Latest Medical Research News and Research
Updated: 10 min 56 sec ago
Recent research has shown that just a small amount of red and processed meat can cause cancer, but changing your diet is hard. So what’s the best way to lose weight and stick to a healthy diet?
Exercising in the morning rather than in the evening may be more beneficial to health, as research shows that morning exercise burns more carbohydrates.
New research sheds light on how a hepatitis B viral protein stimulates the expansion of immune cells that impair antiviral responses, according to a study published April 18 in the open-access journal PLOS Pathogens by Haitao Guo of the Indiana University School of Medicine, Bin Wang and Jiming Zhang of Fudan University, and colleagues.
More than a quarter of children with autism spectrum disorder are also diagnosed with disruptive behavior disorders.
Identifying a protein that plays a key role in cancer cell growth is a first step toward the development of a targeted cancer therapy. It is especially promising when this protein is dispensable for the growth of normal cells.
The brain is more resilient than previously thought. In a groundbreaking experiment published in this week's issue of Nature, neuroscientists created an artificial circulation system that successfully restored some functions and structures in donated pig brains--up to four hours after the pigs were butchered at a USDA food processing facility.
Cutting-edge discovery in the lab of Catherine Hunter, MD, from Stanley Manne Children's Research Institute at Ann & Robert H. Lurie Children's Hospital of Chicago offers a new direction toward treatment of necrotizing enterocolitis - a devastating intestinal emergency that occurs in up to 10 percent of premature infants
Whether a wound--such as a diabetic foot ulcer--heals or progresses to a worse outcome, including infection or even amputation, may depend on the microbiome within that wound.
In a proof-of-principle study in mice, scientists at Johns Hopkins Medicine report the creation of a specialized gel that acts like a lymph node to successfully activate and multiply cancer-fighting immune system T-cells.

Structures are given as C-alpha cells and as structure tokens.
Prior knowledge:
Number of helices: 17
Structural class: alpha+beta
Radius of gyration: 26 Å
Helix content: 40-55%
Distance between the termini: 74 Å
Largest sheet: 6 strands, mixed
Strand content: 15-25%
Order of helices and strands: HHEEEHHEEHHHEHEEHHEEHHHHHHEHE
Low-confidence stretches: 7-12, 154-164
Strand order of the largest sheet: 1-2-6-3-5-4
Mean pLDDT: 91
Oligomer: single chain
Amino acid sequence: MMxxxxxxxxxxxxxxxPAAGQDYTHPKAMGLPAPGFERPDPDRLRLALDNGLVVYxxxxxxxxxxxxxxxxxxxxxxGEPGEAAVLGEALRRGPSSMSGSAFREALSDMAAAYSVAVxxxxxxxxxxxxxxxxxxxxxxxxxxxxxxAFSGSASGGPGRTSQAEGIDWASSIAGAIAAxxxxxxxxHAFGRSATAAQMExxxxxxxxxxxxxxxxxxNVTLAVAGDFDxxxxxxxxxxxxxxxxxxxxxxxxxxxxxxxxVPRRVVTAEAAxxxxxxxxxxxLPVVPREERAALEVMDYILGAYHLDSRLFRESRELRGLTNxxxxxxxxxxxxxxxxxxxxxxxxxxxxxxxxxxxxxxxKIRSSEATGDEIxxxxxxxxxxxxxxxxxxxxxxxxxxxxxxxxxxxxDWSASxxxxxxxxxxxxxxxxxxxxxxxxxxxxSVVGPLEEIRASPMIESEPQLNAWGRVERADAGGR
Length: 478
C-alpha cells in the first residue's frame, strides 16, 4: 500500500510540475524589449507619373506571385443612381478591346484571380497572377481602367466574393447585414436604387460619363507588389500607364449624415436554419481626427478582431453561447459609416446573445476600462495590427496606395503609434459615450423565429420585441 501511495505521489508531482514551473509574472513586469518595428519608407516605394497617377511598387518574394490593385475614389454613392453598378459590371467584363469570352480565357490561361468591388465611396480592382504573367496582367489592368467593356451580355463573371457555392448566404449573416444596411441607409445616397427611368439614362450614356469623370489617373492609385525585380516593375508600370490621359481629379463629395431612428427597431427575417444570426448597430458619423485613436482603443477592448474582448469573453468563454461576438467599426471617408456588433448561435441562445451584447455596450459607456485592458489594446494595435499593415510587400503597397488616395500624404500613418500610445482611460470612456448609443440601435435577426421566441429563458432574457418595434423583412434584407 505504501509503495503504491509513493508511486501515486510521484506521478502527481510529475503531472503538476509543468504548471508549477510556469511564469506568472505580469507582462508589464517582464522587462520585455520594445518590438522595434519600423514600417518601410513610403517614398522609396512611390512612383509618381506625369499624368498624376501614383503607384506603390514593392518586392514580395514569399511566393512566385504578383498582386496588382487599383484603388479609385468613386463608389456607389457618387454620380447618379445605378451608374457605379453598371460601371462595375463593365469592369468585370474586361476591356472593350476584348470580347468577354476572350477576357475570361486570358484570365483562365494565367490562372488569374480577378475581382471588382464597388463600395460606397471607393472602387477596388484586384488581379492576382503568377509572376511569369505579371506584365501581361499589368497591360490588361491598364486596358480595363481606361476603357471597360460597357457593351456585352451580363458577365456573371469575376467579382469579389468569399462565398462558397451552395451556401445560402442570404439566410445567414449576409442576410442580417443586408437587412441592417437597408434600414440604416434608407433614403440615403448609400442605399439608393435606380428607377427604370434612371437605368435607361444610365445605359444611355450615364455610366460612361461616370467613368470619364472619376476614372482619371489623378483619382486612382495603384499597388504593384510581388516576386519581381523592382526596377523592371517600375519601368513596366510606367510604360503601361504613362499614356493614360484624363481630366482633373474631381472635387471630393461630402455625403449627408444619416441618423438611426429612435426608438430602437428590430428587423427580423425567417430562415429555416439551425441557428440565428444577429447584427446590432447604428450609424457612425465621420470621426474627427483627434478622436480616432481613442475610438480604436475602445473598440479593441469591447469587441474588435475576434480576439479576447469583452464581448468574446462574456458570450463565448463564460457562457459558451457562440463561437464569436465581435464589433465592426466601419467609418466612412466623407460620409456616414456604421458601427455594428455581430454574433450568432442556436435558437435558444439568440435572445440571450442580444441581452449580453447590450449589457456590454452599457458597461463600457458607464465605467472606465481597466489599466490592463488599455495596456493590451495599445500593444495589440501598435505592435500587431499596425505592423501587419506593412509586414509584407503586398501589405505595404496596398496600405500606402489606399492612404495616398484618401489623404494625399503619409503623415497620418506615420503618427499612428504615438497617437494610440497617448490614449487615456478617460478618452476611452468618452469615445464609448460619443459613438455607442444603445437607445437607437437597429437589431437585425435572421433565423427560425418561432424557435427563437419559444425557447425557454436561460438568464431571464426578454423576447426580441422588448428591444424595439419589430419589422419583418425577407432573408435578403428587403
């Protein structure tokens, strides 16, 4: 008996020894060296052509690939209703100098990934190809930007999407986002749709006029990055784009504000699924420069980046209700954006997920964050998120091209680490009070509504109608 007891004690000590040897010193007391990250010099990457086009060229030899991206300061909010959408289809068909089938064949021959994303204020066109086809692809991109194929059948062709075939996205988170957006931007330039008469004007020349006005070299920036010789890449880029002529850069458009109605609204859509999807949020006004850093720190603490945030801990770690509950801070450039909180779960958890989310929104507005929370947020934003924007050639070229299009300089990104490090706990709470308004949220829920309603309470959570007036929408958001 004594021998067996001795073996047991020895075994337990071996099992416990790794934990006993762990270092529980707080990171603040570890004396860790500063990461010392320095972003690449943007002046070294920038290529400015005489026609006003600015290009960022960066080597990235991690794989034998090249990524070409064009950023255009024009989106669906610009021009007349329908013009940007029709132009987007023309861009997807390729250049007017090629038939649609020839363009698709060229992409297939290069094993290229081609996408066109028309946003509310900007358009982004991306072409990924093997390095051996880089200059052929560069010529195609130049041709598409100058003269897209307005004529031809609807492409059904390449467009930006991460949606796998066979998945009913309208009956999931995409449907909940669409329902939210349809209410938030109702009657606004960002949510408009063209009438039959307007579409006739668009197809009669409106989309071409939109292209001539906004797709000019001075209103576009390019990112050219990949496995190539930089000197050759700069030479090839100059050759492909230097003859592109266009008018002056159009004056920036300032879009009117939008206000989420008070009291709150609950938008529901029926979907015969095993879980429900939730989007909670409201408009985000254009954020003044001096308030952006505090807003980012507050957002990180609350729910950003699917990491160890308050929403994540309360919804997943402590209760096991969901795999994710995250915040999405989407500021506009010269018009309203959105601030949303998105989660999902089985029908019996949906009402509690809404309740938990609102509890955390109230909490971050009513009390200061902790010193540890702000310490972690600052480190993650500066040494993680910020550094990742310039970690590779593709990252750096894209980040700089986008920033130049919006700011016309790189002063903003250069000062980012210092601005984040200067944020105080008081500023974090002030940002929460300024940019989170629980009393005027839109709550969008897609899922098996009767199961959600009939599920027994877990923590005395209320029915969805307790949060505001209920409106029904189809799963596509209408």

Astronauts on long missions at the International Space Station can experience changes to their eyes and vision that can last for years.
Patients with chronic kidney disease, and dialysis patients especially, have a significantly higher cardiovascular morbidity and mortality than healthy people. Kidney transplantation is the best renal replacement therapy available.
A scientific breakthrough provides new hope for millions of people living with multiple sclerosis. Researchers at Oregon Health & Science University have developed a compound that stimulates repair of the protective sheath that covers nerve cells in the brain and spinal cord.
Australia has more salmonella outbreaks than any other country in the world, with the number of cases doubling over the last decade.
Antiretroviral therapy is usually very effective at suppressing HIV in the body, allowing a person's immune system to recover by preventing the virus from destroying CD4+ T cells.
Emergency medicine doctors now have a better way to treat severe epileptic seizures in children, thanks to a New Zealand-Australian study.
A prescribed drug to treat high blood pressure has shown promise against conditions such as Parkinson's, Huntington's and forms of dementia in studies carried out in mice and zebrafish at the University of Cambridge.
University of Oregon neuroscientists report that two areas of the mouse brain combine representations of what is heard and anticipated, guiding behavior that leads mice to the best reward.
The human genome is fascinating. Once predicted to contain about a hundred thousand protein-coding genes, it now seems that the number is closer to twenty thousand, and maybe less.
Researchers have discovered a key clue into the development of the pancreas and brain by studying rare patients born without a pancreas.
Researchers at The University of Texas MD Anderson Cancer Center have discovered that triple negative breast cancer cells can develop resistance to frontline, or neoadjuvant, chemotherapy not by acquiring permanent adaptations, but rather transiently turning on molecular pathways that protect the cells.